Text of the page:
The brake rotor is a metal disc that is mounted to the hub of each equipped wheel. When the brakes are applied, the brake pads are forced against the brake rotor. This is what slows down and stops your vehicle.
Symptoms of Wear or Failure of a Brake Rotor
- Pulsation in the brake pedal
- Steering wheel vibration
- Clanking, thumping, or grinding noise when braking
- Brake pad failure
- Abnormal wheel hub assembly wear
- The brakes may "grab" when applied, causing one or more wheels to stop suddenly and skid
Related Repair Advice of a Brake Rotor
- Brake pads must be replaced before the friction material is worn away completely. If they are not, metal-to-metal contact will occur between the brake rotor and the worn brake pad. This will damage the rotor, which will then need to be resurfaced or replaced.
- Many brake rotors are not designed to be resurfaced; they should be replaced along with the pads
- Brake rotors should feel smooth to the touch. If you feel grooves or see ridges on your rotor, it probably needs to be resurfaced. (Note: some high performance rotors may include special groves or holes for cooling.)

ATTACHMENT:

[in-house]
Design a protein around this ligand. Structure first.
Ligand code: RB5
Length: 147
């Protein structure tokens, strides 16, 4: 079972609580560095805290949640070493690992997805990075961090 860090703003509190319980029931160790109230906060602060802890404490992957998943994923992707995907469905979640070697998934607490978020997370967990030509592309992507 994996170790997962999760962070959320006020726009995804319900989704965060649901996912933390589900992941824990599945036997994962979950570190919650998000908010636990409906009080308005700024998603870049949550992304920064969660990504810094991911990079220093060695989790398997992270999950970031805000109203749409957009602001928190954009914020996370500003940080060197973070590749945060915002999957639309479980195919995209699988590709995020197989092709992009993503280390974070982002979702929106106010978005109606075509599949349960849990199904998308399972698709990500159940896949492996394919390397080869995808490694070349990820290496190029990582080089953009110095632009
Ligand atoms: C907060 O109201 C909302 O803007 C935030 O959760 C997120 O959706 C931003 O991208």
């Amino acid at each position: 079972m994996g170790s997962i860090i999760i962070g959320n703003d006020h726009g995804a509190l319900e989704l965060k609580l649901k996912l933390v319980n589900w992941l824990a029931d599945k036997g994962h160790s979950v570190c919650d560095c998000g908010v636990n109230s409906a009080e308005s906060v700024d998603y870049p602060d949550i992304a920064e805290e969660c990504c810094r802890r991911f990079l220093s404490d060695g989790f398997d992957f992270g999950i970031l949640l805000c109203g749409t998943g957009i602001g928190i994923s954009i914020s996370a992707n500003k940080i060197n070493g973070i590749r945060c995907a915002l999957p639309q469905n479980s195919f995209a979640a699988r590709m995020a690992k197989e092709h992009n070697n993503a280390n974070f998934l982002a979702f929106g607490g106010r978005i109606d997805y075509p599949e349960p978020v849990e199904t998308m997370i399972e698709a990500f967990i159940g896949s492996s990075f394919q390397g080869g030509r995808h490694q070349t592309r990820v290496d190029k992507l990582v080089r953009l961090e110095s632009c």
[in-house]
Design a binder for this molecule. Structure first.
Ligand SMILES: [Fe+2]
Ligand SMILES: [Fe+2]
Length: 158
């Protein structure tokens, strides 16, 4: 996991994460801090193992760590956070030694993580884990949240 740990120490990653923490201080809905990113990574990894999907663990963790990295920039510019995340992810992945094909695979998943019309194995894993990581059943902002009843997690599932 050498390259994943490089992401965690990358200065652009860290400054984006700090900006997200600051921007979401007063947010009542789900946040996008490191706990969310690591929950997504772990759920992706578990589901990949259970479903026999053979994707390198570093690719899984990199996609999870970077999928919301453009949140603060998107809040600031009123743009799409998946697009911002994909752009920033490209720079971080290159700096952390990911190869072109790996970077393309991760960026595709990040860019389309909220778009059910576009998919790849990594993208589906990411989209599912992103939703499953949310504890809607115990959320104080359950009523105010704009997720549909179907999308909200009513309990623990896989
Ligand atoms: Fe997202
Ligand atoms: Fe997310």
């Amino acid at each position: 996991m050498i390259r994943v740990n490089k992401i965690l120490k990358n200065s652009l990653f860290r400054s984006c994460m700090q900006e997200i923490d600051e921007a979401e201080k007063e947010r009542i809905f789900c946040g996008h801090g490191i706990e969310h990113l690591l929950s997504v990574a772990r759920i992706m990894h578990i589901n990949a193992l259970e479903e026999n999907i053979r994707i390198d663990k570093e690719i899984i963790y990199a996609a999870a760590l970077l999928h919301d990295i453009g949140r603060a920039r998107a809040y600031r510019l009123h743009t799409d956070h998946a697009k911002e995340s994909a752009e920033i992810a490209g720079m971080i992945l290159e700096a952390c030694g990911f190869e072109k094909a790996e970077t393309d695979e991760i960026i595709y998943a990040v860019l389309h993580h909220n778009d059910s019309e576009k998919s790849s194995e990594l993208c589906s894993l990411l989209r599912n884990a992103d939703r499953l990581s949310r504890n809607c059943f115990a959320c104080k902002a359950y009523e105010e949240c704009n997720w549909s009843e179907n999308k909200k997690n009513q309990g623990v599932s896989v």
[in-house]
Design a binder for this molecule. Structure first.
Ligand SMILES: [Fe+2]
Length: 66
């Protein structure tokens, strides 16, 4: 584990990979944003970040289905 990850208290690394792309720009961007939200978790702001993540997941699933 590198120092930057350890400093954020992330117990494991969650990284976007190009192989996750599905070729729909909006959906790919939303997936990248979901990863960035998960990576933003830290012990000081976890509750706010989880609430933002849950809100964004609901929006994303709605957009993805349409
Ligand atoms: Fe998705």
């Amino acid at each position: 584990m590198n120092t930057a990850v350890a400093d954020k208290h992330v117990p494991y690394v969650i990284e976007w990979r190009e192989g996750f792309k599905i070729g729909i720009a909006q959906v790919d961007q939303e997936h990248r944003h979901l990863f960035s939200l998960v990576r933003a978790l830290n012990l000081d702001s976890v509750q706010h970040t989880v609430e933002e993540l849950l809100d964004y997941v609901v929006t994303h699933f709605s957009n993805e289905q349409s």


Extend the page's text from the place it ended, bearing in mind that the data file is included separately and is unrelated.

- Brake rotors should be measured at every brake pad replacement. If found to be at or below the manufacturer's minimum thickness specification, they should be replaced or re-machined. These measurements should always be noted on your repair order.
- While it's a safe practice to use rotors worn or machined to the manufacture's minimum specification, brake pedal pulsation is more likely to occur with thinner rotors. If your vehicle is prone to brake pedal pulsation issues, you may be better off replacing worn rotors than re-machining them.
- Brake repairs are commonly offered at promotional prices that may be lower than the RepairPrice Estimate. Make sure you understand exactly which services are included/excluded in the advertised price.